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Microsoft Agreement: Attorney General Gives Press Conference

Aired November 2, 2001 - 10:22   ET

THIS IS A RUSH TRANSCRIPT. THIS COPY MAY NOT BE IN ITS FINAL FORM AND MAY BE UPDATED.


THIS IS A RUSH TRANSCRIPT. THIS COPY MAY NOT BE IN ITS FINAL FORM AND MAY BE UPDATED.
BILL HEMMER, CNN ANCHOR: Here is the attorney general, John Ashcroft, talking about the settlement reached today with Microsoft, a very interesting development in the business world.

We shall listen now.

(JOINED IN PROGRESS)

JOHN ASHCROFT, U.S. ATTORNEY GENERAL: ... meeting their needs in computing and working with their computers.

We're filing this settlement today with the district court -- as a matter of fact, I think you've just concluded the filing -- in accordance with a court directive that the settlement be sought and filed by today.

A competitive software industry is vital to our economy, and effective antitrust enforcement is crucial to preserving competition in the constantly changing high-tech arena.

With the proposed settlement being announced today, the Department of Justice has fully and completely addressed the anti- competitive conduct that was outlined by the Court of Appeals against Microsoft.

Through a broad range of disclosure and nondiscrimination and nonretaliatory and enforcement provisions, this proposed framework and this settlement not only resolves the department's competitive concerns but also does so in a quick and responsible manner.

The proposed settlement puts in place enforcement measures that will require Microsoft to disclose internal operating system interfaces and protocols. These disclosures, in turn, will create opportunities for independent software vendors to develop products that will be competitive with Microsoft's products.

The settlement also gives computer manufacturers flexible to connect -- pardon me -- to contract freely with competing software developers and to place on Microsoft's operating system their middle- ware products, such as browsers, instant messaging software and media players.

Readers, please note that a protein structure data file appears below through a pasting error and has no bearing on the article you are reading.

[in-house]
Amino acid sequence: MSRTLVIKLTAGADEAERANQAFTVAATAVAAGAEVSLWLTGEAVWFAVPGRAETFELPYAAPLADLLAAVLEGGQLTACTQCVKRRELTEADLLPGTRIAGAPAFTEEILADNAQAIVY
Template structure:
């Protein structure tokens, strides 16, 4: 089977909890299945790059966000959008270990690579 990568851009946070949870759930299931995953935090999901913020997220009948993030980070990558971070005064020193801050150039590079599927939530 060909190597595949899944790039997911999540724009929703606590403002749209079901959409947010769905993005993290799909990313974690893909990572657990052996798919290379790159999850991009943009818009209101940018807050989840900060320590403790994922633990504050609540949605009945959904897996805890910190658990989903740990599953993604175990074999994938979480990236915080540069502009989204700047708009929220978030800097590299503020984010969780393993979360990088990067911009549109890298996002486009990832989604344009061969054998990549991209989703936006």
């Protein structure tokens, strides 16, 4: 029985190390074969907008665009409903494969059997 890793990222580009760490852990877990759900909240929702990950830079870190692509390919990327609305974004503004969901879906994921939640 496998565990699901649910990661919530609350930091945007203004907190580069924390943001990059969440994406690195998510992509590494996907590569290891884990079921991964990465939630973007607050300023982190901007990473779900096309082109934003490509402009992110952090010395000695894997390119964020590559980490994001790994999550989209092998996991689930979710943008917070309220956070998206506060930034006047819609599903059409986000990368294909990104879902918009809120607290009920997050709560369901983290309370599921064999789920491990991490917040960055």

ASHCROFT: Additionally, computer manufacturers and software developers will be free to do business with Microsoft's competitors without fear of retaliation.

This settlement is the right result for consumers and for businesses, the right result for the economy and the right result for government. It provides prompt, effective, certain relief for consumers and removes the uncertainty in the computer market -- a critical factor in today's economy.

I want to express my gratitude to the Antitrust Division lawyers and to the entire team at the Justice Department for obtaining safeguards to protect competition that extent beyond the safeguards signaled in the Court of Appeals judgment on June 28, 2001. And I want to thank the Antitrust Division for all their hard work on this case. The American people can be confident not only of the hard work they have done, but of the result that they have achieved.

I would like now to introduce Charles James, the assistant attorney general of the Antitrust Division. Mr. James has been a dedicated and tireless advocate for consumers and for competition in this case, but this case is only a chapter in his experience in working for consumers.

HEMMER: The attorney general, John Ashcroft, in Washington, announcing the agreement that has been reached between Microsoft and the government.

It should be pointed out the states involved in this case have not yet signed off on this deal. Their reaction continues to trickle in as that arrangement comes in, by way of Washington. There is a report from the Microsoft chairman, Bill Gates, that he, quote, finds it "a fair and reasonable settlement" with the government.

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